In the UK, thousands of miles away from the land of its birth and the influences that shaped it, Indian food is a six- billion pound industry. Between supermarkets, takeaways and restaurants, a vast amount of Indian food is sold on a daily basis.
The history of Indian food in the UK is now the best part of four hundred years old. As the interest in Great Britain grew in India, so did the influences of Indian food and culture back in the UK. The first Indian restaurant opened in London in 1809 and was called Hindostanee Coffee House (like many ’coffee houses’ back then, it did not serve coffee but was just cashing in on a popular name of the time).
Indian Restaurants Invade U.K.
The first recorded Indian restaurant of the twentieth century was called the Salut e Hind, opened in 1911 in Holborn. The Shafi was opened in 1920 in what is now Chinatown, and became almost a community amongst Indian students. These restaurants were opened mainly for Asians. However, the opening of Veeraswamy in 1926 in Regent Street saw the start of fashionable Indian restaurants, which were soon to start popping up all over London. However, Veeraswamy is one of the only ones that is still thriving today and remains as popular as ever.
The fifties and sixties saw a huge influx of Indian restaurants, especially in London and the South East. To this day, these areas remain the most popular for Indian cuisine, with over 45% of the country’s Indian restaurants located here.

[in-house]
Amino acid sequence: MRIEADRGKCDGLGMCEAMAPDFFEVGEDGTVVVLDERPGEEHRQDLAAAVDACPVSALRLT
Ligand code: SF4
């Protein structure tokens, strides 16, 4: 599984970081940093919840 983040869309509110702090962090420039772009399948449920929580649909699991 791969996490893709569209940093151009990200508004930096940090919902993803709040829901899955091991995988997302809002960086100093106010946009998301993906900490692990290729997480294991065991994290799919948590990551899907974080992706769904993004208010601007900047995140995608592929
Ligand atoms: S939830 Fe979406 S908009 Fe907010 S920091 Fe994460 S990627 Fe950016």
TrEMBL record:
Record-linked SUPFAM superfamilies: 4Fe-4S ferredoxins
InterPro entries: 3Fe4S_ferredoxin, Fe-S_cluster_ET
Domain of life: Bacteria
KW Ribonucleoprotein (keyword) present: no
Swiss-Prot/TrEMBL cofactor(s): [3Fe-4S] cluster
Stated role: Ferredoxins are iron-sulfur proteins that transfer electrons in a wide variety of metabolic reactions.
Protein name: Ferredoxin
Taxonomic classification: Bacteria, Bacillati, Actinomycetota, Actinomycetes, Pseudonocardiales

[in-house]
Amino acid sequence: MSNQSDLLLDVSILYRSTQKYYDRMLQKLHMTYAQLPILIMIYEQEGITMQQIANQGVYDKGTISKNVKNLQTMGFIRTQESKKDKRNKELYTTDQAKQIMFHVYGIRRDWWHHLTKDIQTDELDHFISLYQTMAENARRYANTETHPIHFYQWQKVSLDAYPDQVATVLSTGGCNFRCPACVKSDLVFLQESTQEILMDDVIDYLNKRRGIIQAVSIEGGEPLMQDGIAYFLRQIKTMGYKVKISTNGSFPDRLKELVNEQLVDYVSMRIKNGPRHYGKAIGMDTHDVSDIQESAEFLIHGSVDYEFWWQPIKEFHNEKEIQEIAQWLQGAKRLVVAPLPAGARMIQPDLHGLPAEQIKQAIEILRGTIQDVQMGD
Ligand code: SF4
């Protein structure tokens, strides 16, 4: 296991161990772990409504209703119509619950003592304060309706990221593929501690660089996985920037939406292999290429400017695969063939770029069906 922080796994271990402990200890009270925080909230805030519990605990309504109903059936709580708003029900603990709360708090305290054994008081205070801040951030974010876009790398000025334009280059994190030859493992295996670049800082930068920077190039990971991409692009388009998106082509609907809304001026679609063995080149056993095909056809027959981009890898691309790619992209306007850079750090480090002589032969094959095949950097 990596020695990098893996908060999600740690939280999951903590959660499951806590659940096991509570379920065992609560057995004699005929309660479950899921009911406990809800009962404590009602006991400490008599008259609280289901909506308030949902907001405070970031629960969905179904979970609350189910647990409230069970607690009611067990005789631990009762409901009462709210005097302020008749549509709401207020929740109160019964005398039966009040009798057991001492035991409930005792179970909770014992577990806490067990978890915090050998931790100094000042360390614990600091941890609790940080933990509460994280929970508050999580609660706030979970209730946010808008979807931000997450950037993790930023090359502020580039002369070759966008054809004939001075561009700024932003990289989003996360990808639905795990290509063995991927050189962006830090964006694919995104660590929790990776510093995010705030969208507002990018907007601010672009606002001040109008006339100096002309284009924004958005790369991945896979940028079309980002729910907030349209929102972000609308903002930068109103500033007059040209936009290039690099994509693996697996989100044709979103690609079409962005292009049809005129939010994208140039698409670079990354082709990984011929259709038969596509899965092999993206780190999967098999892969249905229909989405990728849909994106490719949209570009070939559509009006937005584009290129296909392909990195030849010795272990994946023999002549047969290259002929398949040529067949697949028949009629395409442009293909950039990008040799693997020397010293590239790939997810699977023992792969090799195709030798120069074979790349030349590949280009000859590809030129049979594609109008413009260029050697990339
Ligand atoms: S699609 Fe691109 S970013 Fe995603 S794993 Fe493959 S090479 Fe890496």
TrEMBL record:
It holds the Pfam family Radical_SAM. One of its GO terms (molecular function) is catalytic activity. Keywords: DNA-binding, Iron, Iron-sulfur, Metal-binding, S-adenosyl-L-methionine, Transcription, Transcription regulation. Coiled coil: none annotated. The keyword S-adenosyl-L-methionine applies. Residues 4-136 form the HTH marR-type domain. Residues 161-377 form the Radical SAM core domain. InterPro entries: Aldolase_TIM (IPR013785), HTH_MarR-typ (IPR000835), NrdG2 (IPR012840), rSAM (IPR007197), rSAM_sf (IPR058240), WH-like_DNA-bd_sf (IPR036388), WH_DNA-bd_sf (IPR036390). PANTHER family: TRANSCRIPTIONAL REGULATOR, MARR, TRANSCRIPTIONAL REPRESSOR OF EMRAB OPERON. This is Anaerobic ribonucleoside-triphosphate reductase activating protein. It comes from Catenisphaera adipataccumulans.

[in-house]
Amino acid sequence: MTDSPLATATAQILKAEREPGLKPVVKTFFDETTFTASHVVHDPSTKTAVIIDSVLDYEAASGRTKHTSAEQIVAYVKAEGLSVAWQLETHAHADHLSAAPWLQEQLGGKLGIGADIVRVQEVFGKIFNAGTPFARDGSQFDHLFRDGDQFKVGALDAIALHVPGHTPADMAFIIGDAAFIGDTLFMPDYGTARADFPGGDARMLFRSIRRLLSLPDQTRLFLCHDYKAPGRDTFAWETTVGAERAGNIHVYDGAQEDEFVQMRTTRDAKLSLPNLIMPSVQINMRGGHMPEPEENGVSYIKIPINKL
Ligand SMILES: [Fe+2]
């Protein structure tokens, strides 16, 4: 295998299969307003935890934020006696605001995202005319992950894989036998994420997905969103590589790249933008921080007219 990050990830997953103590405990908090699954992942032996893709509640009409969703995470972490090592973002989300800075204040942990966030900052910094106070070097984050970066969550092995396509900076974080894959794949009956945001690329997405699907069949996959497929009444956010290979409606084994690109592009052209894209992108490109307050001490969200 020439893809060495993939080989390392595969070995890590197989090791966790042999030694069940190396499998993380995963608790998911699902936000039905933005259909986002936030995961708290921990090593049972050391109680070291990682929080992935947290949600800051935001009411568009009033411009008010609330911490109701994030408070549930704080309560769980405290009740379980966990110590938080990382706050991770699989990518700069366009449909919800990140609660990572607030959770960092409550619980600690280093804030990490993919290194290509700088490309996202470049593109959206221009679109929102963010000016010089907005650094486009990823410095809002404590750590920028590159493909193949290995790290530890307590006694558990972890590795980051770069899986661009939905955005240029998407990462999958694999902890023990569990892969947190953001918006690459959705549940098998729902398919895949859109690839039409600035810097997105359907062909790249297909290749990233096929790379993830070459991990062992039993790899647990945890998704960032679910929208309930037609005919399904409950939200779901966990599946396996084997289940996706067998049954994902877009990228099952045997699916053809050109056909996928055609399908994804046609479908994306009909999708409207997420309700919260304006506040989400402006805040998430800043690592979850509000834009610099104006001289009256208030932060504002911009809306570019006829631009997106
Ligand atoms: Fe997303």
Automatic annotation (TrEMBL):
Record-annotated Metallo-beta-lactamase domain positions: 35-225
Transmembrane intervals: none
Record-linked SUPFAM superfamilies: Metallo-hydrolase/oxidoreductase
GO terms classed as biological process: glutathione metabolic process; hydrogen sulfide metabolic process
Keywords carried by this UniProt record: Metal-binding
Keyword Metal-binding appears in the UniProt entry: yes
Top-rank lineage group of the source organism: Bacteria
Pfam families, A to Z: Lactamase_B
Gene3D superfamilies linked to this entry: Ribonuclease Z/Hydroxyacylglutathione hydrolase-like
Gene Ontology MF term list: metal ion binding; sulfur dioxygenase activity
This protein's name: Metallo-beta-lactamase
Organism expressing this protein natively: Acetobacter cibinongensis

Over time, the Indian restaurant concept spread all over the UK, even though the owners of these restaurants were not always Indian. In the early seventies, at least 75% of ’Indian’ restaurants were run by Pakistanis.
The British experience of Indian cuisine has come a long way since the days when it was made with curry powder and sultanas. As more Asian people have become part of British society, more and more people are having the opportunity to eat in their homes or restaurant and discover the joys of genuine Indian food.
Indian Restaurant Extensive Degree of Achievements
Restaurants have become much more sophisticated, especially Indian restaurants in London. It is now quite common for the capital’s Indian restaurants to specialise in regional food from various parts of India. Meanwhile, a genuinely British-Indian strand of cooking has developed. So many cuisines are moulding and merging, and continuously evolving. Curry, like everything else, is subject to the process of change, developing in order to remain accessible, popular and relevant.
Innovation draws from tradition. In terms of Indian cuisine, a sound, deep-rooted comprehension of techniques and spices is fundamental to any successful innovation.
Sometimes it is necessary to deconstruct traditional curries into their essential components before building them up again, creating layers of texture and flavours.
It is important to embrace both classic and contemporary Indian food, and that is what we strive to do at all of our London-based Indian restaurants.